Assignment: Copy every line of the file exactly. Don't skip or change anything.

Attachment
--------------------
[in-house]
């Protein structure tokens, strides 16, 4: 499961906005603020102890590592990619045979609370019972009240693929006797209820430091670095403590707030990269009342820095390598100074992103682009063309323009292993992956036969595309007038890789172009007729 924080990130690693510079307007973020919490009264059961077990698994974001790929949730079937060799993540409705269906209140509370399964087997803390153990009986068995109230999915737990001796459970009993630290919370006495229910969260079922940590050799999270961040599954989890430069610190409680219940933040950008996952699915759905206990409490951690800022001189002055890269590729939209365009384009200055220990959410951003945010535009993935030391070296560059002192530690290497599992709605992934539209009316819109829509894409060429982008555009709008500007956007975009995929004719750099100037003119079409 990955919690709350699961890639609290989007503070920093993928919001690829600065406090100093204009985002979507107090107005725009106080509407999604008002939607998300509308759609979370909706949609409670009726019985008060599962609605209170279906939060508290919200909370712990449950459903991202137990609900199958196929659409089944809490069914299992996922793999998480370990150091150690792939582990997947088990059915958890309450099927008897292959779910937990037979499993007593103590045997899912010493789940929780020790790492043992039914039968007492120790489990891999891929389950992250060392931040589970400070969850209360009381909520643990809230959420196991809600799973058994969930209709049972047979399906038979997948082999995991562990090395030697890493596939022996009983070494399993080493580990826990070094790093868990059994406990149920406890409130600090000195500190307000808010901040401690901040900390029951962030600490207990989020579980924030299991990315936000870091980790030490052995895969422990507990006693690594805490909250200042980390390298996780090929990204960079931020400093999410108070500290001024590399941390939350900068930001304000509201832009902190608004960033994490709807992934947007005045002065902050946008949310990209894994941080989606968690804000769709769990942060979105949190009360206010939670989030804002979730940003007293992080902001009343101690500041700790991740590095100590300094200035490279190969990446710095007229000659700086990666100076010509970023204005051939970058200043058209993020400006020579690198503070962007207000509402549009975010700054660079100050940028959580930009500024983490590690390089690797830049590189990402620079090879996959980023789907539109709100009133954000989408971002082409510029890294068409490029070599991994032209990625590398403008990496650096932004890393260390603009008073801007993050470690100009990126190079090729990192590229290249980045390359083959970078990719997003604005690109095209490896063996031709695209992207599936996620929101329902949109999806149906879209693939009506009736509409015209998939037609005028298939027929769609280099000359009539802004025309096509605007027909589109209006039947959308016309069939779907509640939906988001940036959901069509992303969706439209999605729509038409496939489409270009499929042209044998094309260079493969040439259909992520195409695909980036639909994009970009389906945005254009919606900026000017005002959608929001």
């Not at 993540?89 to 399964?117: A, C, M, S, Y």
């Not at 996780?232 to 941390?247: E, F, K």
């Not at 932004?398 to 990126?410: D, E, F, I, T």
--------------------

[in-house]
């Protein structure tokens, strides 16, 4: 499961906005603020102890590592990619045979609370019972009240693929006797209820430091670095403590707030990269009342820095390598100074992103682009063309323009292993992956036969595309007038890789172009007729 924080990130690693510079307007973020919490009264059961077990698994974001790929949730079937060799993540409705269906209140509370399964087997803390153990009986068995109230999915737990001796459970009993630290919370006495229910969260079922940590050799999270961040599954989890430069610190409680219940933040950008996952699915759905206990409490951690800022001189002055890269590729939209365009384009200055220990959410951003945010535009993935030391070296560059002192530690290497599992709605992934539209009316819109829509894409060429982008555009709008500007956007975009995929004719750099100037003119079409 990955919690709350699961890639609290989007503070920093993928919001690829600065406090100093204009985002979507107090107005725009106080509407999604008002939607998300509308759609979370909706949609409670009726019985008060599962609605209170279906939060508290919200909370712990449950459903991202137990609900199958196929659409089944809490069914299992996922793999998480370990150091150690792939582990997947088990059915958890309450099927008897292959779910937990037979499993007593103590045997899912010493789940929780020790790492043992039914039968007492120790489990891999891929389950992250060392931040589970400070969850209360009381909520643990809230959420196991809600799973058994969930209709049972047979399906038979997948082999995991562990090395030697890493596939022996009983070494399993080493580990826990070094790093868990059994406990149920406890409130600090000195500190307000808010901040401690901040900390029951962030600490207990989020579980924030299991990315936000870091980790030490052995895969422990507990006693690594805490909250200042980390390298996780090929990204960079931020400093999410108070500290001024590399941390939350900068930001304000509201832009902190608004960033994490709807992934947007005045002065902050946008949310990209894994941080989606968690804000769709769990942060979105949190009360206010939670989030804002979730940003007293992080902001009343101690500041700790991740590095100590300094200035490279190969990446710095007229000659700086990666100076010509970023204005051939970058200043058209993020400006020579690198503070962007207000509402549009975010700054660079100050940028959580930009500024983490590690390089690797830049590189990402620079090879996959980023789907539109709100009133954000989408971002082409510029890294068409490029070599991994032209990625590398403008990496650096932004890393260390603009008073801007993050470690100009990126190079090729990192590229290249980045390359083959970078990719997003604005690109095209490896063996031709695209992207599936996620929101329902949109999806149906879209693939009506009736509409015209998939037609005028298939027929769609280099000359009539802004025309096509605007027909589109209006039947959308016309069939779907509640939906988001940036959901069509992303969706439209999605729509038409496939489409270009499929042209044998094309260079493969040439259909992520195409695909980036639909994009970009389906945005254009919606900026000017005002959608929001």
């Not at 993540?89 to 399964?117: A, C, M, S, Y």
């Not at 996780?232 to 941390?247: E, F, K």
């Not at 932004?398 to 990126?410: D, E, F, I, T």